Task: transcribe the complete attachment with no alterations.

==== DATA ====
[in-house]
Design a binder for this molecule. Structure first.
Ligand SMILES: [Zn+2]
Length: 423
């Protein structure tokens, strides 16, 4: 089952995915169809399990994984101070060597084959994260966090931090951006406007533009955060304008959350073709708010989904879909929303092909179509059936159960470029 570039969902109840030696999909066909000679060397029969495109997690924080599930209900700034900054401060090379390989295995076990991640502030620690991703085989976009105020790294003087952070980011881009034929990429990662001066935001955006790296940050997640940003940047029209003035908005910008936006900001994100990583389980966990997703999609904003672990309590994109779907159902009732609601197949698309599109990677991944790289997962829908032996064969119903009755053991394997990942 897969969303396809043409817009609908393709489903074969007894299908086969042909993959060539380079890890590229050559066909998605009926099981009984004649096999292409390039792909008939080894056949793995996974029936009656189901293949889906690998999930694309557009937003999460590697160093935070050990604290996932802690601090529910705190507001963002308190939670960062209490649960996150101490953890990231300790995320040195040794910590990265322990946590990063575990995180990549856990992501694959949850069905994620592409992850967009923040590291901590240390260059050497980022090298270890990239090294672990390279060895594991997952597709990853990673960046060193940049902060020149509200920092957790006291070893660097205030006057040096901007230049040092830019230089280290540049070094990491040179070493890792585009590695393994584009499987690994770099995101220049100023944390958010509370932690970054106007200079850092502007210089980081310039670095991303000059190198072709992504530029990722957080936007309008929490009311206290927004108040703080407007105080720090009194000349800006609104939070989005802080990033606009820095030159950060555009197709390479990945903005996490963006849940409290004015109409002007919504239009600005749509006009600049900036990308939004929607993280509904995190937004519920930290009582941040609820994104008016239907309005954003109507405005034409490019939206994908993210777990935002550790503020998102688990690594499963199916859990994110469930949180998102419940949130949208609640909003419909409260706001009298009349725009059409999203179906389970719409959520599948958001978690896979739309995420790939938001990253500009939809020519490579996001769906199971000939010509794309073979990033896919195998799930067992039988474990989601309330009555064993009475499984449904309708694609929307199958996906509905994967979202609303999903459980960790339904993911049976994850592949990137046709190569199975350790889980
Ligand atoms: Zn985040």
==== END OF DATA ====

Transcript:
[in-house]
Design a binder for this molecule. Structure first.
Ligand SMILES: [Zn+2]
Length: 423
């Protein structure tokens, strides 16, 4: 089952995915169809399990994984101070060597084959994260966090931090951006406007533009955060304008959350073709708010989904879909929303092909179509059936159960470029 570039969902109840030696999909066909000679060397029969495109997690924080599930209900700034900054401060090379390989295995076990991640502030620690991703085989976009105020790294003087952070980011881009034929990429990662001066935001955006790296940050997640940003940047029209003035908005910008936006900001994100990583389980966990997703999609904003672990309590994109779907159902009732609601197949698309599109990677991944790289997962829908032996064969119903009755053991394997990942 897969969303396809043409817009609908393709489903074969007894299908086969042909993959060539380079890890590229050559066909998605009926099981009984004649096999292409390039792909008939080894056949793995996974029936009656189901293949889906690998999930694309557009937003999460590697160093935070050990604290996932802690601090529910705190507001963002308190939670960062209490649960996150101490953890990231300790995320040195040794910590990265322990946590990063575990995180990549856990992501694959949850069905994620592409992850967009923040590291901590240390260059050497980022090298270890990239090294672990390279060895594991997952597709990853990673960046060193940049902060020149509200920092957790006291070893660097205030006057040096901007230049040092830019230089280290540049070094990491040179070493890792585009590695393994584009499987690994770099995101220049100023944390958010509370932690970054106007200079850092502007210089980081310039670095991303000059190198072709992504530029990722957080936007309008929490009311206290927004108040703080407007105080720090009194000349800006609104939070989005802080990033606009820095030159950060555009197709390479990945903005996490963006849940409290004015109409002007919504239009600005749509006009600049900036990308939004929607993280509904995190937004519920930290009582941040609820994104008016239907309005954003109507405005034409490019939206994908993210777990935002550790503020998102688990690594499963199916859990994110469930949180998102419940949130949208609640909003419909409260706001009298009349725009059409999203179906389970719409959520599948958001978690896979739309995420790939938001990253500009939809020519490579996001769906199971000939010509794309073979990033896919195998799930067992039988474990989601309330009555064993009475499984449904309708694609929307199958996906509905994967979202609303999903459980960790339904993911049976994850592949990137046709190569199975350790889980
Ligand atoms: Zn985040």